1963-2013 - 50 years of Research for Social Change

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Blogs and Think Pieces by Keyword - Care

  • From the Concrete Wall to the Glass Ceiling to the Labyrinth: Gendering Leadership for Transformative Change (28 Mar 2017) | Luisa Lupo
    Figures suggest that the gender gap in education has been reversed in almost all developed countries as well as many developing countries, and it could be globally reduced to parity within the next 10 years on current trends. Yet, women lag behind men when it comes to economic opportunities and political representation, particularly in leadership positions. This blog explores the transformative potential of policies with a gender-based approach to leadership.
  • The Ethic of Care. Why Care Policies Need to Recognize the Interdependence of Us All (17 Nov 2016) | Ruth Evans
    Care is finally receiving more of the attention it deserves in international development policy. But rather than using the language of 'burden' and 'dependency', care needs to be re-framed to recognize the vulnerability and interdependence of us all. This blog explores a a more holistic understanding of the complexity of caring relations in line with an ethic of care and human rights perspective that recognizes and re-values care.
  • Up and Down the Political Agenda: Pathways to Transformative Care Policies (2 Aug 2016) | Andrea Kaufmann, Valeria Esquivel
    What do preschool childcare, safe water and paternity leave have in common? All of them can contribute to achieving Target 5.4 in the SDGs on unpaid care. Find out where UNRISD research has discovered transformative care policies and effective strategies for getting these policies put into place.
  • Two Steps Forward, One Step Back? Taking Stock of Progress on Gender Equality since the Beijing Platform for Action (26 Nov 2015) | Andrea Kaufmann, Valeria Esquivel
    The 1995 Beijing Declaration and Platform for Action marked an important moment for gender equality. However, in the decades since then the achievements are under threat or may even be rolled back. The concluding piece in the UNRISD Think Piece Series “Let’s Talk about Women’s Rights: 20 Years after the Beijing Platform for Action” brings together some of the main strands of argument covered by 16 feminist thinkers reflecting on the advancements and challenges in gender equality since 1995. Although there have been some successes—the creation and improvement of legal frameworks for the defence of women’s rights, and progress in efforts to combat violence against women—there are still impediments: rigid gender stereotypes in society and institutions, a lack of funding for activism, and conservative forces coupled with a lack of political will to work for further progress. The need to realize women’s rights is now more urgent than ever.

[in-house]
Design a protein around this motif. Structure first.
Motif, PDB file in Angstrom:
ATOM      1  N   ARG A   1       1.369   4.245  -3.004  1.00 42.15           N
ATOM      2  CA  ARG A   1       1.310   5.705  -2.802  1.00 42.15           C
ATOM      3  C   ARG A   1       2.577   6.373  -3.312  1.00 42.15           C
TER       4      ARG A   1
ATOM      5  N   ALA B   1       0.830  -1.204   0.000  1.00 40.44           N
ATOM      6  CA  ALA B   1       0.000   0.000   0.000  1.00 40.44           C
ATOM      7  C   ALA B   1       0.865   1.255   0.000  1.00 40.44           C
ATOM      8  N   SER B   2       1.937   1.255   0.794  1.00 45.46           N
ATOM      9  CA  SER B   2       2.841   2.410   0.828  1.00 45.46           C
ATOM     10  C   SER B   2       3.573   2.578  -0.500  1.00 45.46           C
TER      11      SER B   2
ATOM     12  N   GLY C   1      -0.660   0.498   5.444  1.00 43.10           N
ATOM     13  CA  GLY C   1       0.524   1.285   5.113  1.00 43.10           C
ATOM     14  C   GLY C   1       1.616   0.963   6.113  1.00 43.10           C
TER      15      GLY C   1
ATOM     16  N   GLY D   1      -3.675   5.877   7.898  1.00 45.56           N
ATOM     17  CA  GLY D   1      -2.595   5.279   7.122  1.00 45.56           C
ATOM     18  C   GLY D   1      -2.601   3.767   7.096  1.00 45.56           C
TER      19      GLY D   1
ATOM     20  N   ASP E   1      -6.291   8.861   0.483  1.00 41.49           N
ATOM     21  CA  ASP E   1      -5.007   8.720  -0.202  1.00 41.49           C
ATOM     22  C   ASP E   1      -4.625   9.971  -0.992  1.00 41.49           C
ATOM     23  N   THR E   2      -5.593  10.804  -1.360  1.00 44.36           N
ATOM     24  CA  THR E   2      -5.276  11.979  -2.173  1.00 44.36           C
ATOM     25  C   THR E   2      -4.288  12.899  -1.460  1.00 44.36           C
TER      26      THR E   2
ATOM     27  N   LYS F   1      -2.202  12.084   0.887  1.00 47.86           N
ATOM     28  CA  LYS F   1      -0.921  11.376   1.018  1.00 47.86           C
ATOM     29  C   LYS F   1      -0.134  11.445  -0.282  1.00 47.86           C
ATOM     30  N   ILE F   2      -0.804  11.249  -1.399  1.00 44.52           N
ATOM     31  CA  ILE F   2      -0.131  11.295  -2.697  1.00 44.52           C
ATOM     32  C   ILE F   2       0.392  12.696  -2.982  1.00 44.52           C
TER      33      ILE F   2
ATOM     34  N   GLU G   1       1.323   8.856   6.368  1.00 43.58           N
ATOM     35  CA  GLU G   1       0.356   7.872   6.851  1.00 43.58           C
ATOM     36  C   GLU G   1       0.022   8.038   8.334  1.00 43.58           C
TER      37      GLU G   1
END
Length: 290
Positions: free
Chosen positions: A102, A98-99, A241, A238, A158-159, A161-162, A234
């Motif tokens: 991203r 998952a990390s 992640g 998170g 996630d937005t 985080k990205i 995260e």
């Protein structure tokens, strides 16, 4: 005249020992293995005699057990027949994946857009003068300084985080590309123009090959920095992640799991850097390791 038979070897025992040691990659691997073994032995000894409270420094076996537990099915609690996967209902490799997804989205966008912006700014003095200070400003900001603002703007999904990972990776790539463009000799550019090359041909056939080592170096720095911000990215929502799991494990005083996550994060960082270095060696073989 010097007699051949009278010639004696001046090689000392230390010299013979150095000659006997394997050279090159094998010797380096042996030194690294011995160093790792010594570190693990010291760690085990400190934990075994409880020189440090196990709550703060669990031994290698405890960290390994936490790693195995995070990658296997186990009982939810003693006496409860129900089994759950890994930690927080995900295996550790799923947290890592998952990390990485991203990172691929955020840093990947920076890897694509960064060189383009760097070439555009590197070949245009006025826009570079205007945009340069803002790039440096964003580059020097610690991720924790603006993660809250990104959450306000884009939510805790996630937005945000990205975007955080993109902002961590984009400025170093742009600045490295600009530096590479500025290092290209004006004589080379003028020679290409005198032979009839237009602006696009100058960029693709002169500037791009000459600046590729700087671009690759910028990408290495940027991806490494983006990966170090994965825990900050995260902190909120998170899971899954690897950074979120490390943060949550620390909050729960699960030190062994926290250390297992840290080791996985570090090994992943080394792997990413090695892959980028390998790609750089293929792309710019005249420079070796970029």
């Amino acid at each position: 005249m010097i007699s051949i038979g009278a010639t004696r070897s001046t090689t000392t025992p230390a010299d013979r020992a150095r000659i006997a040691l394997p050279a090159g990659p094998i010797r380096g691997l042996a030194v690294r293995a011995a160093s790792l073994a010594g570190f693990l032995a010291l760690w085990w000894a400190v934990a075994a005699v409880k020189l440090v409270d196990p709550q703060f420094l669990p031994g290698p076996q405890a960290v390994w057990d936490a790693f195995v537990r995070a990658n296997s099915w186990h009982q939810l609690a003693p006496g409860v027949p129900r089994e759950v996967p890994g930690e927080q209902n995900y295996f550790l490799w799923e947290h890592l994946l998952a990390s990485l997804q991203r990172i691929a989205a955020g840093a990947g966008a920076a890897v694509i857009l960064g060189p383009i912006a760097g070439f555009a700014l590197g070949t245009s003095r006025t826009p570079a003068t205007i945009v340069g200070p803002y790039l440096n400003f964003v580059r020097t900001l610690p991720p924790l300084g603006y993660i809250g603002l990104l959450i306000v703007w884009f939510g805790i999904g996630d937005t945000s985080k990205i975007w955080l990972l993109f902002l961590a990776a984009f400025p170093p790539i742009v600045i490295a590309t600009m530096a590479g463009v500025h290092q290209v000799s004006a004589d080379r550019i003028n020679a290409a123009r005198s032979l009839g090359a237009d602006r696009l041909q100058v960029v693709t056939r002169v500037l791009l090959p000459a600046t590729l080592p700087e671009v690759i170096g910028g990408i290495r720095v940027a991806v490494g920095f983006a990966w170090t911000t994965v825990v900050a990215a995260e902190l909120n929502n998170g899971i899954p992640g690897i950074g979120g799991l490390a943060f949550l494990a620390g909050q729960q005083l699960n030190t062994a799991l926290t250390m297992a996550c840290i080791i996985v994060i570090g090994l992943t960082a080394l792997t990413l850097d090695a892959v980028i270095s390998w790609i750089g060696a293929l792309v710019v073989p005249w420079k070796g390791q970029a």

• Achievements and Challenges 20 Years after Beijing: A View from Switzerland (9 Mar 2015) | Flurina Derungs, Ursula Keller
    Despite being one of the world’s wealthiest countries and most modern economies, in Switzerland gender equality remains an elusive challenge. Paid maternity leave, legal abortion and an increase in women’s educational attainment are some of the milestones achieved since 1995. But while legal gender equality may be nearly achieved, much remains to be done to achieve gender equality in practice. Rigid gender stereotypes, wage discrimination, women’s heavy care burden, segregation in the workplace, violence against women, under-representation of women in political and economic decision making, and structural obstacles to reconciling family duties with employment still stand in the way of gender equality.
  • Transformative Approaches to Care Responsibilities: Overcoming Obstacles to the Meaningful Participation of Women (10 Apr 2014) | Valeria Esquivel
    One way to approach care in a transformative way is moving beyond seeing care responsibilities as an impediment to women’s participation, and start seeing them as a missing component of social protection, and as an opportunity for political participation. At the same time, families’ and women’s demands for care need be articulated in political terms, a challenge in highly unequal contexts.
  • A Human Rights-Based Approach to Social Protection and the Gender Perspective (31 Mar 2014) | Daniel Seymour
    Social protection systems which hope to be successful need to take gender equality into account. This think piece considers three related aspects. First, a human rights perspective on social protection needs to contextualize social protection mechanisms as part of a broader effort to change the way societies function. Second, a gender perspective on social protection is about the gendered dynamics of a society, not only about the role of women. Lastly, a gender perspective on social protection needs to be informed by the real circumstances of human beings, who are defined by more than merely their gender and sex.